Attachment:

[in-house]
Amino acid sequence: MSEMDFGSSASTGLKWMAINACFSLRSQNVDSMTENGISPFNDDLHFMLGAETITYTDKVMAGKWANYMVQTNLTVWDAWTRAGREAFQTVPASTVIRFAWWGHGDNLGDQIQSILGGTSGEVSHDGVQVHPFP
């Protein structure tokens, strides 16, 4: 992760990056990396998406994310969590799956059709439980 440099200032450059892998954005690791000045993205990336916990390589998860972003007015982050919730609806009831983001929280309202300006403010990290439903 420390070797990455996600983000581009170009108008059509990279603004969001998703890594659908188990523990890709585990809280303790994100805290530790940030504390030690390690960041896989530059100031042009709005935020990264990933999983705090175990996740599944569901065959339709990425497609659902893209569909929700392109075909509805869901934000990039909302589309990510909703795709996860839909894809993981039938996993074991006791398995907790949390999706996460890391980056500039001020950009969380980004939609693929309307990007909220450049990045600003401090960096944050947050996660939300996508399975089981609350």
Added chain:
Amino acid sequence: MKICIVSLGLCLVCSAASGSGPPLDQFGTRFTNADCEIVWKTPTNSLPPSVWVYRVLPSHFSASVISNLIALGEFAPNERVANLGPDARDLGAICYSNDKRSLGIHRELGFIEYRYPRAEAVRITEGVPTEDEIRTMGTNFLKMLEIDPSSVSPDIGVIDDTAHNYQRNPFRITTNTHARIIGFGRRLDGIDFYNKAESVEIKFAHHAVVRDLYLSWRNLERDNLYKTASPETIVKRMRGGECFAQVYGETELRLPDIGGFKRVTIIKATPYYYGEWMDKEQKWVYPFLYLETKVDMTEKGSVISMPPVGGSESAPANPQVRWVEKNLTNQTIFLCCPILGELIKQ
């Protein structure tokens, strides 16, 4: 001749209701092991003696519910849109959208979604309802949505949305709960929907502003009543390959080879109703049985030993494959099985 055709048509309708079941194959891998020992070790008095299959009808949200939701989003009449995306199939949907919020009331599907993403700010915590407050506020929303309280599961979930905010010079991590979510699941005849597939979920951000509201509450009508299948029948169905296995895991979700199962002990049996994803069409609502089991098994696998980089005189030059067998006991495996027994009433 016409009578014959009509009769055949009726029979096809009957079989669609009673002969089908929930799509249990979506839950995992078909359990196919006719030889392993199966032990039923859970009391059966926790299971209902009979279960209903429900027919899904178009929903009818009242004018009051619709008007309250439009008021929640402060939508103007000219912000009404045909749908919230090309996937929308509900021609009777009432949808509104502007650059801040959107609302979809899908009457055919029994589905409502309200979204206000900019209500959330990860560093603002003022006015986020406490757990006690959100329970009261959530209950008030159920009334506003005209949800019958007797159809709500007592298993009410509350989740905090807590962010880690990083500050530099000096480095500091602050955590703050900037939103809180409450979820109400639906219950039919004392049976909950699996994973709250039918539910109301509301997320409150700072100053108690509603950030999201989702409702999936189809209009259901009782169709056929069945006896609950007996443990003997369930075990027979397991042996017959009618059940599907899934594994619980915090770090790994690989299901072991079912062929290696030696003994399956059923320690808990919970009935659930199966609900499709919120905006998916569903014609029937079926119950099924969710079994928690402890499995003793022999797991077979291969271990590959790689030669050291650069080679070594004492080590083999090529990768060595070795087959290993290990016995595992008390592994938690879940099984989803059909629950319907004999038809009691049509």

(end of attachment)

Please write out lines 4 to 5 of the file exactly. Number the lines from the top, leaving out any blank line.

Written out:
Added chain:
Amino acid sequence: MKICIVSLGLCLVCSAASGSGPPLDQFGTRFTNADCEIVWKTPTNSLPPSVWVYRVLPSHFSASVISNLIALGEFAPNERVANLGPDARDLGAICYSNDKRSLGIHRELGFIEYRYPRAEAVRITEGVPTEDEIRTMGTNFLKMLEIDPSSVSPDIGVIDDTAHNYQRNPFRITTNTHARIIGFGRRLDGIDFYNKAESVEIKFAHHAVVRDLYLSWRNLERDNLYKTASPETIVKRMRGGECFAQVYGETELRLPDIGGFKRVTIIKATPYYYGEWMDKEQKWVYPFLYLETKVDMTEKGSVISMPPVGGSESAPANPQVRWVEKNLTNQTIFLCCPILGELIKQ